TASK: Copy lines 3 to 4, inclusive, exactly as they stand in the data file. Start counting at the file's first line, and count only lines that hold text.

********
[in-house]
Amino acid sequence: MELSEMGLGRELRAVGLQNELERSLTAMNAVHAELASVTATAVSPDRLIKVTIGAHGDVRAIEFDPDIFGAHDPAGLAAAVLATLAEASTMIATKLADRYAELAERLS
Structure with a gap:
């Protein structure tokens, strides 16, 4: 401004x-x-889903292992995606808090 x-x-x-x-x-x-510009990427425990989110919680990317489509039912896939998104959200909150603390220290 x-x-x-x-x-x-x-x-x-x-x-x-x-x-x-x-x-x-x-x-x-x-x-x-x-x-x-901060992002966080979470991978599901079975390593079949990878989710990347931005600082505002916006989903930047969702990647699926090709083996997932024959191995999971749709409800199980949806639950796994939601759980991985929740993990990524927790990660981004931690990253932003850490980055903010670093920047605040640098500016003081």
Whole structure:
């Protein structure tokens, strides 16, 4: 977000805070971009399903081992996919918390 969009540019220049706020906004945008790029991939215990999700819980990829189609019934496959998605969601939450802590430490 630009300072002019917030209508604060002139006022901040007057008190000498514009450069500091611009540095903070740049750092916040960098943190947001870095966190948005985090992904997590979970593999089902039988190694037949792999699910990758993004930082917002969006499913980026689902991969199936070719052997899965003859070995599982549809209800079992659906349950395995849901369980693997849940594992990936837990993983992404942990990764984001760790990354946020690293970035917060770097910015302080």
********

Structure with a gap:
């Protein structure tokens, strides 16, 4: 401004x-x-889903292992995606808090 x-x-x-x-x-x-510009990427425990989110919680990317489509039912896939998104959200909150603390220290 x-x-x-x-x-x-x-x-x-x-x-x-x-x-x-x-x-x-x-x-x-x-x-x-x-x-x-901060992002966080979470991978599901079975390593079949990878989710990347931005600082505002916006989903930047969702990647699926090709083996997932024959191995999971749709409800199980949806639950796994939601759980991985929740993990990524927790990660981004931690990253932003850490980055903010670093920047605040640098500016003081």